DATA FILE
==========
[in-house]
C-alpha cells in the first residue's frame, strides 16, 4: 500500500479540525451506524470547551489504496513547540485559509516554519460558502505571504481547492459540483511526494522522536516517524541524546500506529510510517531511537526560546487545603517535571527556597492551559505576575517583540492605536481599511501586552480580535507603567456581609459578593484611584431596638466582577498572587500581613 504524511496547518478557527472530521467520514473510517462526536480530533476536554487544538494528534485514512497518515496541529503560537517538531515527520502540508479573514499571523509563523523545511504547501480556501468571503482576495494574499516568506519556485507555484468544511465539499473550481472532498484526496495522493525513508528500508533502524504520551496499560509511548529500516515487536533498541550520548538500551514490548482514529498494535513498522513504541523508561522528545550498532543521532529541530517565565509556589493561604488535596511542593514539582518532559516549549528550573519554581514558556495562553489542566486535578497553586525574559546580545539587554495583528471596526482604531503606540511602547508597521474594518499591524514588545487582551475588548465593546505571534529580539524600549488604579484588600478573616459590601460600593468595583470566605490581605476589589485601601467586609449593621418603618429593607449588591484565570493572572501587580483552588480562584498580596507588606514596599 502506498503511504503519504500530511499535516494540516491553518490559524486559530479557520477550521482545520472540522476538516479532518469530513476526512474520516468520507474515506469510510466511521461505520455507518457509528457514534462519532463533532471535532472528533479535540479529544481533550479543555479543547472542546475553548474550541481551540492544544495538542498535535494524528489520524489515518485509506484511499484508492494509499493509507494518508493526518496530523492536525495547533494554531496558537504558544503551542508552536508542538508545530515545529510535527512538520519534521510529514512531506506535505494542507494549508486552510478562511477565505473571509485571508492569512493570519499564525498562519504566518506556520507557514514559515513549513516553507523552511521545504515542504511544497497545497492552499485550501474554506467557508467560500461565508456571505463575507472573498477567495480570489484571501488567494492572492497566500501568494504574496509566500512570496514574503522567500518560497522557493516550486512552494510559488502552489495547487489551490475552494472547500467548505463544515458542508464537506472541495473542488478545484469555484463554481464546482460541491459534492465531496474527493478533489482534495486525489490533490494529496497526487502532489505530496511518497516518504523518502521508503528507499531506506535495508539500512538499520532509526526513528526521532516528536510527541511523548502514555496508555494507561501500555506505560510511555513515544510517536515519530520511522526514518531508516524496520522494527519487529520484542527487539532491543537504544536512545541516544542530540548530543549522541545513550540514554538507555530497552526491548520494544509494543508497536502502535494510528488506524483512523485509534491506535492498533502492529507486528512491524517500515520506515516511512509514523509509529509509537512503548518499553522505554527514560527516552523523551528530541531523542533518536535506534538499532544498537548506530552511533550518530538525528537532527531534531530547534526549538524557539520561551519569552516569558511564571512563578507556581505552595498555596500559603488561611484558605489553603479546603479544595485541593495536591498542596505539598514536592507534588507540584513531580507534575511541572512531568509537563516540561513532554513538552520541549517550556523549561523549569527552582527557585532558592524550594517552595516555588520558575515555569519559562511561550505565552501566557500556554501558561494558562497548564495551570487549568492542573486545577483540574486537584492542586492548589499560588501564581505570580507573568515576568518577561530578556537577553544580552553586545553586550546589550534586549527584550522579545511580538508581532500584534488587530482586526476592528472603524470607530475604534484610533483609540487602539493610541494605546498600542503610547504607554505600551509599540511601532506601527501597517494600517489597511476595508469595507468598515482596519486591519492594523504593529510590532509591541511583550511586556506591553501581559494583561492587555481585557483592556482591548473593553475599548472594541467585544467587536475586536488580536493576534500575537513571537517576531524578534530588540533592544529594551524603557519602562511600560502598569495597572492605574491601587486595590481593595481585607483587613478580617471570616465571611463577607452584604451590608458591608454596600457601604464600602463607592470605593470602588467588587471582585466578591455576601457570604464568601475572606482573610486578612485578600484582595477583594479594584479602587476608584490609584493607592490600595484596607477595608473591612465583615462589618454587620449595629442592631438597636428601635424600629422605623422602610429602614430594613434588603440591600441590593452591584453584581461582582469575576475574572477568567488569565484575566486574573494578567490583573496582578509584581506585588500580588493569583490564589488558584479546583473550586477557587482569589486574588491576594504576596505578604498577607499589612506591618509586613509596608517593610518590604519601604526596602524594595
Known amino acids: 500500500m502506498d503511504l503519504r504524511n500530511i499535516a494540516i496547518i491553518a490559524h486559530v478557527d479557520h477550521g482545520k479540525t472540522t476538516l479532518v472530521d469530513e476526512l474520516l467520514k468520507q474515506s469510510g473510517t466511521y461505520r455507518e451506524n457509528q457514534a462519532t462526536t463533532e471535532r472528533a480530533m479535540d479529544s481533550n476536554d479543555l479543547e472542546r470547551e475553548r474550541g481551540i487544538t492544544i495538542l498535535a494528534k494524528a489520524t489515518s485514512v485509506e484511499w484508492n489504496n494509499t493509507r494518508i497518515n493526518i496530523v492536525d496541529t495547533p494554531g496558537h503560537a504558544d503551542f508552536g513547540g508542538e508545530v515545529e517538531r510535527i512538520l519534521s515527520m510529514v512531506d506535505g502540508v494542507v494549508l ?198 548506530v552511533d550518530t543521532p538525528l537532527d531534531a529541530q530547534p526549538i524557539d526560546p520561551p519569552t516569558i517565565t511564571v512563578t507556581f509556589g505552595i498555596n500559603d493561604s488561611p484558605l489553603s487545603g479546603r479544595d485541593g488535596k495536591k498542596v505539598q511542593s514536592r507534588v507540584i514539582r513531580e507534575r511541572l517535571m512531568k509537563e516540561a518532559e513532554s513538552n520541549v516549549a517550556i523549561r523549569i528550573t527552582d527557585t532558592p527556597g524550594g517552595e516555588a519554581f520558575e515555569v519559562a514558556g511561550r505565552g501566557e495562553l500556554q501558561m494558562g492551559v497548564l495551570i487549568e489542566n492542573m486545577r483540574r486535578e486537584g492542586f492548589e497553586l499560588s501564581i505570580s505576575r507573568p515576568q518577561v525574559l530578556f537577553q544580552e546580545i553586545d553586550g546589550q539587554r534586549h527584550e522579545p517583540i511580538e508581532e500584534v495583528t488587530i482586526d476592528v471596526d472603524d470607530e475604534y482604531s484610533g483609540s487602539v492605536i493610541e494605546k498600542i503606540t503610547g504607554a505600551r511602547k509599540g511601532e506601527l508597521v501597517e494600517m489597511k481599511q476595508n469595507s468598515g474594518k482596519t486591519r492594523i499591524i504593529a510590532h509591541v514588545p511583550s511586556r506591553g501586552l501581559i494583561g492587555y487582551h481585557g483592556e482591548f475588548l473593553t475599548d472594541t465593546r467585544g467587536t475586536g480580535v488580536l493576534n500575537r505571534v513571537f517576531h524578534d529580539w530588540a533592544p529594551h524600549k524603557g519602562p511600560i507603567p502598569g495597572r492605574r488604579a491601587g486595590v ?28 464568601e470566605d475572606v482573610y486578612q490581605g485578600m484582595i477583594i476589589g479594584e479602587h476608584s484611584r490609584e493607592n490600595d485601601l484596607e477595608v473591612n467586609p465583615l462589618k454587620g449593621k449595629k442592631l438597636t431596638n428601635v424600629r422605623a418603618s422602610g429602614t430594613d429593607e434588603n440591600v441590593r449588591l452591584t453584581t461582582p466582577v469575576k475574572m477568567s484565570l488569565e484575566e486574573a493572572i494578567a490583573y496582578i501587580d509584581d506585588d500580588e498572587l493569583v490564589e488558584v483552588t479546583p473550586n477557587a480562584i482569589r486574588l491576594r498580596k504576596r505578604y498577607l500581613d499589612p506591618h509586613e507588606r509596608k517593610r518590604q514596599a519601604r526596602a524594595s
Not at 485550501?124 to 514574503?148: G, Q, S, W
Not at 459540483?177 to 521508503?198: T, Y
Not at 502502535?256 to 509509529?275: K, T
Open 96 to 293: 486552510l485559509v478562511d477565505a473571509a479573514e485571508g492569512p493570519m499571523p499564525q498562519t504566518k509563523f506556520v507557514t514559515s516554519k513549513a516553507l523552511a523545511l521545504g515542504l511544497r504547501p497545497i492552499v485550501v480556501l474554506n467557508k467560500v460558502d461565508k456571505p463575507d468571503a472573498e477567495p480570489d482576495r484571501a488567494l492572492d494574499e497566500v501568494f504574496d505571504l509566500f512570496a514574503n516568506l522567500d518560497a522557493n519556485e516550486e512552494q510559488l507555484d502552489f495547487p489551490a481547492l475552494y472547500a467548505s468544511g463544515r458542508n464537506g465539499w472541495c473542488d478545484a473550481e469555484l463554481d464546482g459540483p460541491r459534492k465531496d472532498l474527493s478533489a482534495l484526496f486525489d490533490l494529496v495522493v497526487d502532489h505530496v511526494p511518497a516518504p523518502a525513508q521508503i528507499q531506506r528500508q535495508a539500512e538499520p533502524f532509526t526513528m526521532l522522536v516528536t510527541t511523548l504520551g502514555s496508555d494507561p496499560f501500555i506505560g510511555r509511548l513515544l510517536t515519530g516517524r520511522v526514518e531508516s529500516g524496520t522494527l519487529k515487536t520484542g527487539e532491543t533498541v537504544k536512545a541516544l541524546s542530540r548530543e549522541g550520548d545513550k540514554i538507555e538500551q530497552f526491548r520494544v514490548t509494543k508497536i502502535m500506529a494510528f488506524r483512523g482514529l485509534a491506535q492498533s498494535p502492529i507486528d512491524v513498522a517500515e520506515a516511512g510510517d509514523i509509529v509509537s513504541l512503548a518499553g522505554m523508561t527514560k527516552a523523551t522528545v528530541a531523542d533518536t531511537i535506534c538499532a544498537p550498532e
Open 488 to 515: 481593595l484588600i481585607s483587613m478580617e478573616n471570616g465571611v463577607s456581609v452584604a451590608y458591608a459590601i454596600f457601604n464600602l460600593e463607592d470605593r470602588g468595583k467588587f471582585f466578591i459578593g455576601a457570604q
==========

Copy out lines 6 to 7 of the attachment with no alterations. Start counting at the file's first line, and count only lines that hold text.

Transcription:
Not at 502502535?256 to 509509529?275: K, T
Open 96 to 293: 486552510l485559509v478562511d477565505a473571509a479573514e485571508g492569512p493570519m499571523p499564525q498562519t504566518k509563523f506556520v507557514t514559515s516554519k513549513a516553507l523552511a523545511l521545504g515542504l511544497r504547501p497545497i492552499v485550501v480556501l474554506n467557508k467560500v460558502d461565508k456571505p463575507d468571503a472573498e477567495p480570489d482576495r484571501a488567494l492572492d494574499e497566500v501568494f504574496d505571504l509566500f512570496a514574503n516568506l522567500d518560497a522557493n519556485e516550486e512552494q510559488l507555484d502552489f495547487p489551490a481547492l475552494y472547500a467548505s468544511g463544515r458542508n464537506g465539499w472541495c473542488d478545484a473550481e469555484l463554481d464546482g459540483p460541491r459534492k465531496d472532498l474527493s478533489a482534495l484526496f486525489d490533490l494529496v495522493v497526487d502532489h505530496v511526494p511518497a516518504p523518502a525513508q521508503i528507499q531506506r528500508q535495508a539500512e538499520p533502524f532509526t526513528m526521532l522522536v516528536t510527541t511523548l504520551g502514555s496508555d494507561p496499560f501500555i506505560g510511555r509511548l513515544l510517536t515519530g516517524r520511522v526514518e531508516s529500516g524496520t522494527l519487529k515487536t520484542g527487539e532491543t533498541v537504544k536512545a541516544l541524546s542530540r548530543e549522541g550520548d545513550k540514554i538507555e538500551q530497552f526491548r520494544v514490548t509494543k508497536i502502535m500506529a494510528f488506524r483512523g482514529l485509534a491506535q492498533s498494535p502492529i507486528d512491524v513498522a517500515e520506515a516511512g510510517d509514523i509509529v509509537s513504541l512503548a518499553g522505554m523508561t527514560k527516552a523523551t522528545v528530541a531523542d533518536t531511537i535506534c538499532a544498537p550498532e